Just when I think RFM issue number sixty-five (Wow, has it really been that many?!) will finally be the one that goes to press with a blank page where my note belongs (the post-Christmas weeks can be pretty dull, after all), the universe lobs me yet another reason to shout parenting joy from my page eight rooftop. Today, I pen this column from 30,000 feet above Arkansas (well, maybe Oklahoma now, it’s so hard to tell from up here), as the family embarks upon a quick trip to California to visit my D.O.D. (that’s Dear Old Dad). I had thought about going solo – it seemed so much easier – and cheaper. But as much as Dad would love to see his Baby Driver (that’s me), he really wants to give his grandboys a big “crushing” (envision a giant hug, with sound effects to imitate a slow smashing of your rib cage. It’s the type of hug that almost – but not quite – cuts off the flow of air to your entire body).
So after an exhaustive search to figure out the most cost-effective way to use as many credit card miles as possible to book flights (thank you, Capital One), the day has arrived to begin our journey. At ages six and eight, the boys are easy to travel with now, and dare I say, are even starting to be helpful, carrying their own backpacks (so far, it’s early in the trip) and reminding us of the important things, like where to locate the barf bag (here’s hoping we don’t need it). Business travelers and empty nesters chuckle at their commentary, no longer giving us the sympathy glance as they did when the kids were toddlers (coupled with the sheer terror we saw in their eyes when they feared we’d be on their flight).
As I envision how this trip would have looked if I were alone, or even what it looked like when my hubby and I did it pre-kids, I’m so thankful to have them along for the ride. Who else but kids would find such utter joy in getting on the parking lot shuttle bus? “I just LOVE these buses!” they squealed. As we entered our city’s quaint, redesigned airport, they exclaimed, “I remember this place! I love this airport!” Wide-eyed wonder abounds on this day, spotting airplanes that match the hand-me-down models back home in their rooms, settling into their window seats right above the wing, and holding their stuffed animals up to their windows to watch the city shrink below them. “Look at that water tower! Wow, I never realized how close houses are to each other! Look, it’s the James River!”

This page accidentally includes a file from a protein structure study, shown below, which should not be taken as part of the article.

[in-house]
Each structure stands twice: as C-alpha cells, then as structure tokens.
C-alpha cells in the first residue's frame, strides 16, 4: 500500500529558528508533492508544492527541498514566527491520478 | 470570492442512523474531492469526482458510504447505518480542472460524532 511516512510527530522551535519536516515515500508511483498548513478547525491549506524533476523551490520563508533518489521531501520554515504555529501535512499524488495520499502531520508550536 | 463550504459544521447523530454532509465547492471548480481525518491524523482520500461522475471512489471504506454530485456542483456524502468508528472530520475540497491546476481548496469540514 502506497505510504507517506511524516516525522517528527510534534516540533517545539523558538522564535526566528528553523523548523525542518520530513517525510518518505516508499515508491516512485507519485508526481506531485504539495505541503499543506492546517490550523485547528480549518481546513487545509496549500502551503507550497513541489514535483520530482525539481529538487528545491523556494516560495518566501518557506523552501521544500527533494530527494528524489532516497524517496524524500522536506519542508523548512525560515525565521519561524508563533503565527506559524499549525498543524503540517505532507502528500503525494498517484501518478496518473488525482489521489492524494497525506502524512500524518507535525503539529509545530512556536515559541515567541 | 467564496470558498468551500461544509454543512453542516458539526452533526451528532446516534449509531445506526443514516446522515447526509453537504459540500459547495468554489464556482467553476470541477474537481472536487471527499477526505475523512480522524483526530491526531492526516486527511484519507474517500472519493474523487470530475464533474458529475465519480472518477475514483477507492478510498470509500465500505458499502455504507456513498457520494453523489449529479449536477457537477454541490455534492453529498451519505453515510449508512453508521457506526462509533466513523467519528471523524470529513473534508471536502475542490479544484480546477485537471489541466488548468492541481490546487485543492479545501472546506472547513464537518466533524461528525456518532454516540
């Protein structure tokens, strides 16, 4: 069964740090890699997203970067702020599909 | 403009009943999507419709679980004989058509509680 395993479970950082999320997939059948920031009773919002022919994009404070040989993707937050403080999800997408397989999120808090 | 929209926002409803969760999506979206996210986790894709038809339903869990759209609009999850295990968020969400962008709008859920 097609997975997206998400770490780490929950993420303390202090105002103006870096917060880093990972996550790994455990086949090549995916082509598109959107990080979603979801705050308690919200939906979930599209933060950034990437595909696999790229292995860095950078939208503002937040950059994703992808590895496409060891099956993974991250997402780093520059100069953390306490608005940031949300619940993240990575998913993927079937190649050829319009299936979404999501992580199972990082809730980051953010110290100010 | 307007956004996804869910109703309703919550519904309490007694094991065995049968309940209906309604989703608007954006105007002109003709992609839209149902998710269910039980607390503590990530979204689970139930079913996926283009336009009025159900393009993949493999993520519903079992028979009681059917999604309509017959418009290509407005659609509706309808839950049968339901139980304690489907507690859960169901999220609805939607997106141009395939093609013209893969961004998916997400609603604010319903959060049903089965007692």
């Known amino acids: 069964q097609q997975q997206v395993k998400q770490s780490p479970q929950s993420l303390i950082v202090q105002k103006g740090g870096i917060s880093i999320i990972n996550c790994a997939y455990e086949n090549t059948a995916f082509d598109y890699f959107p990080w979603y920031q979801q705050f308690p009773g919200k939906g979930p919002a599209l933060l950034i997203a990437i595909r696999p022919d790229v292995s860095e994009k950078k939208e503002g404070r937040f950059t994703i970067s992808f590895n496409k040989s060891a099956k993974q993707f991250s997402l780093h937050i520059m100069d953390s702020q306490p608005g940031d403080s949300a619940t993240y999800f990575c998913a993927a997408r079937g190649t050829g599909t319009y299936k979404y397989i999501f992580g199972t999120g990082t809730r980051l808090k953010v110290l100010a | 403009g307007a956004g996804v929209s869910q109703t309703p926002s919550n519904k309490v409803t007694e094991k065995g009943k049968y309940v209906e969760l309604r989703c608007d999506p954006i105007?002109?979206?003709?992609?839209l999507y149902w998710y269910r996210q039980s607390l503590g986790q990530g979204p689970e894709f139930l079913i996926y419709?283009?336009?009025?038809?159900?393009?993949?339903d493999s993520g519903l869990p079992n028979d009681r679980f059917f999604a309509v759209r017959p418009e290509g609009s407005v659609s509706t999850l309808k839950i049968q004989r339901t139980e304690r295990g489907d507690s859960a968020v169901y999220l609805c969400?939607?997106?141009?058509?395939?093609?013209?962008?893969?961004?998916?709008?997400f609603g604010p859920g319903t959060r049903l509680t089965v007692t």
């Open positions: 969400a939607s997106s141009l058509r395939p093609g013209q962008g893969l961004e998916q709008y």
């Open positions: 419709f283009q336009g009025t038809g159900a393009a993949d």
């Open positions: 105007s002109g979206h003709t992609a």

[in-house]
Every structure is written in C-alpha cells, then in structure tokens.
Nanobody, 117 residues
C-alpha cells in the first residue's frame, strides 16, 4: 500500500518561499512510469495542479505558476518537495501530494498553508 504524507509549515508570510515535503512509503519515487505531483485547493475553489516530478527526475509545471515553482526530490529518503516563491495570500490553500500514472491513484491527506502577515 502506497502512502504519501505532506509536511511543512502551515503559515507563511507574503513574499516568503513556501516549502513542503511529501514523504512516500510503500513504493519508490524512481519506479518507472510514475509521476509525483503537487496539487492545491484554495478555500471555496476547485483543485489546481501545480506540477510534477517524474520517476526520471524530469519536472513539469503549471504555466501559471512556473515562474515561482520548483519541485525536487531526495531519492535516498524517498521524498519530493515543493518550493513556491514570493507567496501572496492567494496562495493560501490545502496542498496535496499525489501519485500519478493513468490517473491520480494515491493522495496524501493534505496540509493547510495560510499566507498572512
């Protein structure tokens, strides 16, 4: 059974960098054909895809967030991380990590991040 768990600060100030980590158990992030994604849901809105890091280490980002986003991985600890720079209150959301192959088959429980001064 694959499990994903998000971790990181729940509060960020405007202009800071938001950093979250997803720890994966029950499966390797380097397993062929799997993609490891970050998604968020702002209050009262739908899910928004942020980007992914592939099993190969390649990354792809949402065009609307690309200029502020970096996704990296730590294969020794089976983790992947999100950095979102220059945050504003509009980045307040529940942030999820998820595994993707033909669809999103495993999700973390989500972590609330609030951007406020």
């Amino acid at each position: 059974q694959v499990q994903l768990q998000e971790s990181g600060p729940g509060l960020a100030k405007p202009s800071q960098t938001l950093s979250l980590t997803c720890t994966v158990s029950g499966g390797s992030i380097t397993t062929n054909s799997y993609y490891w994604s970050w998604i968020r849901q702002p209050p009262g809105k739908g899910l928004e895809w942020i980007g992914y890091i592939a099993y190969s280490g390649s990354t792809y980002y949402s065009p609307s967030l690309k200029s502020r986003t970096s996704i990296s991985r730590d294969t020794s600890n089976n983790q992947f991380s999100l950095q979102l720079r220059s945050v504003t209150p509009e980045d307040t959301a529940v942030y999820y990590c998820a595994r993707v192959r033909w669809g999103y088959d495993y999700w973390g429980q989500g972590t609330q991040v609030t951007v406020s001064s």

Yes, the world looks very different through the eyes of a child. Even the mundane things – shuttle buses, airport trams, and luggage carousels – are exciting wonders to behold. Thank goodness I am not alone on this journey – heaven forbid I should just ignore the marvel that is the Atlanta airport escalator: “The hugest one we’ve ever seen!”
Whether you’re heading off for a winter excursion, or snuggling at home with your big and/or little Valentines, make this a February to remember. And thanks for taking RFM along for the ride.